• (1) Nothing in this part shall be construed to require an individual with a disability to accept an accommodation, aid, service, opportunity, or benefit available under this part that such individual chooses not to accept. 

    • (2) Nothing in the Act or this part authorizes the representative or guardian of an individual with a disability to decline food, water, medical treatment, or medical services for that individual. 

 

§ 36.206 Retaliation or coercion.

  • (a) No private or public entity shall discriminate against any individual because that individual has opposed any act or practice made unlawful by this part, or because that individual made a charge, testified, assisted, or participated in any manner in an investigation, proceeding, or hearing under the Act or this part. 

  • (b) No private or public entity shall coerce, intimidate, threaten, or interfere with any individual in the exercise or enjoyment of, or on account of his or her having exercised or enjoyed, or on account of his or her having aided or encouraged any other individual in the exercise or enjoyment of, any right granted or protected by the Act or this part. 

  • (c) Illustrations of conduct prohibited by this section include, but are not limited to:

    • (1) Coercing an individual to deny or limit the benefits, services, or advantages to which he or she is entitled under the Act or this part; 

    • (2) Threatening, intimidating, or interfering with an individual with a disability who is seeking to obtain or use the goods, services, facilities, privileges, advantages, or accommodations of a public accommodation; 

    • (3) Intimidating or threatening any person because that person is assisting or encouraging an individual or group entitled to claim the rights granted or protected by the Act or this part to exercise those rights; or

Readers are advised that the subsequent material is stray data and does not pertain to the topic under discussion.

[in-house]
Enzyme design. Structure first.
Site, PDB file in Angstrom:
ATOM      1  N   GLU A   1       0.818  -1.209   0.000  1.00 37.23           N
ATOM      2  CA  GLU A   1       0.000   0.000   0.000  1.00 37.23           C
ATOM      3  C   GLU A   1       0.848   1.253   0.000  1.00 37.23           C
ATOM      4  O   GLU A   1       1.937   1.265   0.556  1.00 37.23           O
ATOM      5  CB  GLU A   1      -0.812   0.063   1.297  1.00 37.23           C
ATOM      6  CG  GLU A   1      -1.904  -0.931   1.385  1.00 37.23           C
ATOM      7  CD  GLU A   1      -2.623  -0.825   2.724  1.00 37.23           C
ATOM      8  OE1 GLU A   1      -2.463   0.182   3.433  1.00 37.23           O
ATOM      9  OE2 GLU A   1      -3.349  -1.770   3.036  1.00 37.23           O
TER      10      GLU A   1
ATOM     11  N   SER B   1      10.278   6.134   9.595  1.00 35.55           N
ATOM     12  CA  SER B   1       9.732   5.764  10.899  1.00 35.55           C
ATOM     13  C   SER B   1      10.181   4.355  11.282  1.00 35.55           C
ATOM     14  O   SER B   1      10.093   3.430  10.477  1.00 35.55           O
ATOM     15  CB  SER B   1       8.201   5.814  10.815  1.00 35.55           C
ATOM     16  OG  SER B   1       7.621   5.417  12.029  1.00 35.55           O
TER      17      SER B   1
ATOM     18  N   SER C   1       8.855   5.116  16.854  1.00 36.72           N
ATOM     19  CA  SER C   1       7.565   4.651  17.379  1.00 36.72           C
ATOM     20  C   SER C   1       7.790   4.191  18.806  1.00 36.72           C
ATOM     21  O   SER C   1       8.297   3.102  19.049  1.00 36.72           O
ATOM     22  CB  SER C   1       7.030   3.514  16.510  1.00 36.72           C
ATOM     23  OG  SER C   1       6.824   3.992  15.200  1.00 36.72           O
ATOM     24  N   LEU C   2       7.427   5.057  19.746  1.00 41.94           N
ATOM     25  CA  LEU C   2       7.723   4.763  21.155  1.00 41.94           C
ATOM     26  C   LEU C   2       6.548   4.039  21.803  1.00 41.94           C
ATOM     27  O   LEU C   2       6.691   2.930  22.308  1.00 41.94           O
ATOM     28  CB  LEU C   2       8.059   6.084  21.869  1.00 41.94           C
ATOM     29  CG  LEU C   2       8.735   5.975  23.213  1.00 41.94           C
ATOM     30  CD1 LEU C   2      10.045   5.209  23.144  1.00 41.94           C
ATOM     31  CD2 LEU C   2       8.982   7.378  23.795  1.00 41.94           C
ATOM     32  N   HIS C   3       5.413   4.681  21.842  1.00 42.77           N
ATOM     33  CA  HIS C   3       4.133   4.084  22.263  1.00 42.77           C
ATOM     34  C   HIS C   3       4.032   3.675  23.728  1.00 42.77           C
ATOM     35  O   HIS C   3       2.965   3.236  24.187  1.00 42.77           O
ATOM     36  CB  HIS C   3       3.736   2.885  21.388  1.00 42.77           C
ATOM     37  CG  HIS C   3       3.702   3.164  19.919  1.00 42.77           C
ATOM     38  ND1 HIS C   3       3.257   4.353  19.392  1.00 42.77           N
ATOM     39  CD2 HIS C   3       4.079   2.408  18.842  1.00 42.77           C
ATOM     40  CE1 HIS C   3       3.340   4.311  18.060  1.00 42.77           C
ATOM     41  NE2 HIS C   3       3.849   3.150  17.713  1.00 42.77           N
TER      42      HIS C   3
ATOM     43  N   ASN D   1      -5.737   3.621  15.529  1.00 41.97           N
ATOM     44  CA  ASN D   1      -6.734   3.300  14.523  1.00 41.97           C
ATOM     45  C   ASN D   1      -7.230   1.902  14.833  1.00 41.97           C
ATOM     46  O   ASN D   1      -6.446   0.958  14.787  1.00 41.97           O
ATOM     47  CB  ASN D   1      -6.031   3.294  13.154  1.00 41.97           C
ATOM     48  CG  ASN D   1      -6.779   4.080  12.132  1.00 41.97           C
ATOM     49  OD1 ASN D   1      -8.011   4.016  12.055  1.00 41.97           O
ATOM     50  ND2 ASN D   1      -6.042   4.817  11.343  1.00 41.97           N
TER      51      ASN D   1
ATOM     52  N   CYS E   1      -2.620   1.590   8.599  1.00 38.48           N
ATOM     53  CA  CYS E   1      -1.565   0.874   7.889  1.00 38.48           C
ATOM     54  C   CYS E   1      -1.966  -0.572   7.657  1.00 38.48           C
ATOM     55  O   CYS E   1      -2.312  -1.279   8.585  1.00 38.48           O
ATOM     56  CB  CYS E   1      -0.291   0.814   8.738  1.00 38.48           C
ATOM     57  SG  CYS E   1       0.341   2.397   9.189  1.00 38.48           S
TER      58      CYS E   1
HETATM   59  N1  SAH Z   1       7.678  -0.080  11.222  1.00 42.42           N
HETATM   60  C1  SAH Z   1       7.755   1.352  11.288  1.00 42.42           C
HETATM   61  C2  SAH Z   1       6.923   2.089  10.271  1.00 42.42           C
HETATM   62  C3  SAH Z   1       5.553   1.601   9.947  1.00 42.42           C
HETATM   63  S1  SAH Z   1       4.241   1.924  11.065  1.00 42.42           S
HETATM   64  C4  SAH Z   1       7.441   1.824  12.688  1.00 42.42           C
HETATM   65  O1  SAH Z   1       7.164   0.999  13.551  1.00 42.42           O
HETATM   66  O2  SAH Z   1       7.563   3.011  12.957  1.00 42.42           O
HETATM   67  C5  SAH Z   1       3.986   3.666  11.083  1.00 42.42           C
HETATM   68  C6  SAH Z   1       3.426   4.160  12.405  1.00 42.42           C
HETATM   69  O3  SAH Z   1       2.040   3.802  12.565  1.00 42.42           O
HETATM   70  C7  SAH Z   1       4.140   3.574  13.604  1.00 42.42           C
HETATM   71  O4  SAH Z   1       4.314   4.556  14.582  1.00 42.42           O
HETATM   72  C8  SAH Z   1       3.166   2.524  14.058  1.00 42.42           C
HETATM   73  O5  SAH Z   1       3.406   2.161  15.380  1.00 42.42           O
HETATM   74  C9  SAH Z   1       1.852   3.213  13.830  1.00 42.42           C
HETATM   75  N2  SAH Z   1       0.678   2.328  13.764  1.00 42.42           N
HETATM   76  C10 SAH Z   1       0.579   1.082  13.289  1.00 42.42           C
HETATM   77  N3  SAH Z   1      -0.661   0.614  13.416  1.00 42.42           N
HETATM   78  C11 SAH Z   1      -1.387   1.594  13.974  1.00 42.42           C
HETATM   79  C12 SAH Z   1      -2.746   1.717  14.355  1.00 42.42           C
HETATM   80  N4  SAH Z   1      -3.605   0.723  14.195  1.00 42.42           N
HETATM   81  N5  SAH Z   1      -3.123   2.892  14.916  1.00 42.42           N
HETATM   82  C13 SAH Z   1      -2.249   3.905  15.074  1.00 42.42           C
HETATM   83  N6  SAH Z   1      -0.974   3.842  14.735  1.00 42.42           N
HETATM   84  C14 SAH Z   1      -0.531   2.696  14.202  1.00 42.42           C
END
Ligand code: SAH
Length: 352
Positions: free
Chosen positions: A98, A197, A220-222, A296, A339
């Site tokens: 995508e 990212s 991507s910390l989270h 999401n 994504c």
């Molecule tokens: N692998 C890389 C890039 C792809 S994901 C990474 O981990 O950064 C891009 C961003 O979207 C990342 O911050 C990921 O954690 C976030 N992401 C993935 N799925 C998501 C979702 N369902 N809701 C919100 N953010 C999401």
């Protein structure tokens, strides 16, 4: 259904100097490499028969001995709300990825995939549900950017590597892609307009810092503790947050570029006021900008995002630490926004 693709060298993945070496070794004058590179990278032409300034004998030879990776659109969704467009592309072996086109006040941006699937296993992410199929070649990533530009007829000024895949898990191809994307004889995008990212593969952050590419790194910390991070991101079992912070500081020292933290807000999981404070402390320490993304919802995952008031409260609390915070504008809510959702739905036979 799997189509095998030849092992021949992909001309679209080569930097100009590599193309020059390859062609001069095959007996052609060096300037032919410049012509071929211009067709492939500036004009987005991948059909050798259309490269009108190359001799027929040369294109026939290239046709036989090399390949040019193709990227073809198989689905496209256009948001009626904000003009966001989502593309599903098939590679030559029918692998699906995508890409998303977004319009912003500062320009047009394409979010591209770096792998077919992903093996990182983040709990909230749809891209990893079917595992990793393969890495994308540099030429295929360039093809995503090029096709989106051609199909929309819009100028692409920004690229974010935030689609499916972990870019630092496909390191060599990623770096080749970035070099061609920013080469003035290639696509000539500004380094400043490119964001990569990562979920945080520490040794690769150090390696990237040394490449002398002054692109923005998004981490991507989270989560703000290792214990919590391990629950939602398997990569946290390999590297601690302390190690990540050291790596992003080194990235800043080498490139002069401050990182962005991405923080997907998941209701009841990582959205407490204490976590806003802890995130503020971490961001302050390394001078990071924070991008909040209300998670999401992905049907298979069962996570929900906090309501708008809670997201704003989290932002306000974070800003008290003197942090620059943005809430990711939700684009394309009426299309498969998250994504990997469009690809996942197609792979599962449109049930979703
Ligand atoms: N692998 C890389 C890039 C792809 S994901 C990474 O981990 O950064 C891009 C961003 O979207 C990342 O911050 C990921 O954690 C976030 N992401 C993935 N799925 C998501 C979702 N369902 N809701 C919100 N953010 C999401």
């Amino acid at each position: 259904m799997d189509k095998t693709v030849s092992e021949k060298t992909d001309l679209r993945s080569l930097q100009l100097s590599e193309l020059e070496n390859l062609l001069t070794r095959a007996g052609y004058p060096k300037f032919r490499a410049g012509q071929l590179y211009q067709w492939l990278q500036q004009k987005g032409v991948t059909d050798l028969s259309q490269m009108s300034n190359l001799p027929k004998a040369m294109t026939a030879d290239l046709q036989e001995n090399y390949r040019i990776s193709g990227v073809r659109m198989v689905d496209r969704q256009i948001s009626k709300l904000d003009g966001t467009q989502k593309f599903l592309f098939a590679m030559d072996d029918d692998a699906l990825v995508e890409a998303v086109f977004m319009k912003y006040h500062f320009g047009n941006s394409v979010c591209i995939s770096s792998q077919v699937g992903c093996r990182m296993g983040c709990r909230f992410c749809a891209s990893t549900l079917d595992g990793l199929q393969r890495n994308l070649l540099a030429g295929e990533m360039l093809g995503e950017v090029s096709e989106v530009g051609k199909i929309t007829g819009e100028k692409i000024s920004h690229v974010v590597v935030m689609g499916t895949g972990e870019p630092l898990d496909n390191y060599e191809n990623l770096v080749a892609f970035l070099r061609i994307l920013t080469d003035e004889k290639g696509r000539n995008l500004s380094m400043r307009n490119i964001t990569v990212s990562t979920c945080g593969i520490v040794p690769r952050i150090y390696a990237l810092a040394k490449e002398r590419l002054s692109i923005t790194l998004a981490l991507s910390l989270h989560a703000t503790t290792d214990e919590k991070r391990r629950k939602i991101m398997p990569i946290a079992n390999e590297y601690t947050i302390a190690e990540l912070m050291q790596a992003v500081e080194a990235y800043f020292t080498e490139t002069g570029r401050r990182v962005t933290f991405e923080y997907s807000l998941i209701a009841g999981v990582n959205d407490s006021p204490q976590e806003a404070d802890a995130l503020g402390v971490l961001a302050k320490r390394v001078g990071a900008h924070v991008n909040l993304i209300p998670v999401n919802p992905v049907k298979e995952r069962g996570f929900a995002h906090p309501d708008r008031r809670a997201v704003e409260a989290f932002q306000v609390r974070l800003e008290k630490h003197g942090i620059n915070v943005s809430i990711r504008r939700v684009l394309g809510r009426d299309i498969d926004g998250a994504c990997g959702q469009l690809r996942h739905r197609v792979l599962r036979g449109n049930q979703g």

• (4) Retaliating against any person because that person has participated in any investigation or action to enforce the Act or this part. 

 

     

§ 36.208 Direct threat.

  • (a) This part does not require a public accommodation to permit an individual to participate in or benefit from the goods, services, facilities, privileges, advantages and accommodations of that public accommodation when that individual poses a direct threat to the health or safety of others. 

  • (b) In determining whether an individual poses a direct threat to the health or safety of others, a public accommodation must make an individualized assessment, based on reasonable judgment that relies on current medical knowledge or on the best available objective evidence, to ascertain: The nature, duration, and severity of the risk; the probability that the potential injury will actually occur; and whether reasonable modifications of policies, practices, or procedures or the provision of auxiliary aids or services will mitigate the risk.